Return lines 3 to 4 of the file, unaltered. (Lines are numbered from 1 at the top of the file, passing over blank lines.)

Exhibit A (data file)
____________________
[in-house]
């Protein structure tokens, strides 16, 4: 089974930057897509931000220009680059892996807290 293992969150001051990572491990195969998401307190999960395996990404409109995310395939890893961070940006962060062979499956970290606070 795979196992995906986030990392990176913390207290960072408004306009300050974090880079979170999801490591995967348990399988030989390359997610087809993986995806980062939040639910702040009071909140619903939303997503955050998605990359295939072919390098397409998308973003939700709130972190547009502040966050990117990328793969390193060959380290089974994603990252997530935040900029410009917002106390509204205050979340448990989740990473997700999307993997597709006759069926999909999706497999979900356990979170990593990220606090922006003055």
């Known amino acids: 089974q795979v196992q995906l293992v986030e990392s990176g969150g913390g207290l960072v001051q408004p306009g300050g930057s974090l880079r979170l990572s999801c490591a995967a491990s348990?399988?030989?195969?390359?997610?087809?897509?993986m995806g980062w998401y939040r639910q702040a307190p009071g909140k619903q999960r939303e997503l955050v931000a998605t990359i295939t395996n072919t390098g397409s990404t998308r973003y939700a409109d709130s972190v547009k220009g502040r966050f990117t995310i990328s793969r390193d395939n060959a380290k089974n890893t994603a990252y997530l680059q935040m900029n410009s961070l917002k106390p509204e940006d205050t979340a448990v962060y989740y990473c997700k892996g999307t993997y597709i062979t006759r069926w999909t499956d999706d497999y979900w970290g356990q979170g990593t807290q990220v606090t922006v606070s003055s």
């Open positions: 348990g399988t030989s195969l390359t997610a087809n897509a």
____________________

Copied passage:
């Known amino acids: 089974q795979v196992q995906l293992v986030e990392s990176g969150g913390g207290l960072v001051q408004p306009g300050g930057s974090l880079r979170l990572s999801c490591a995967a491990s348990?399988?030989?195969?390359?997610?087809?897509?993986m995806g980062w998401y939040r639910q702040a307190p009071g909140k619903q999960r939303e997503l955050v931000a998605t990359i295939t395996n072919t390098g397409s990404t998308r973003y939700a409109d709130s972190v547009k220009g502040r966050f990117t995310i990328s793969r390193d395939n060959a380290k089974n890893t994603a990252y997530l680059q935040m900029n410009s961070l917002k106390p509204e940006d205050t979340a448990v962060y989740y990473c997700k892996g999307t993997y597709i062979t006759r069926w999909t499956d999706d497999y979900w970290g356990q979170g990593t807290q990220v606090t922006v606070s003055s």
């Open positions: 348990g399988t030989s195969l390359t997610a087809n897509a």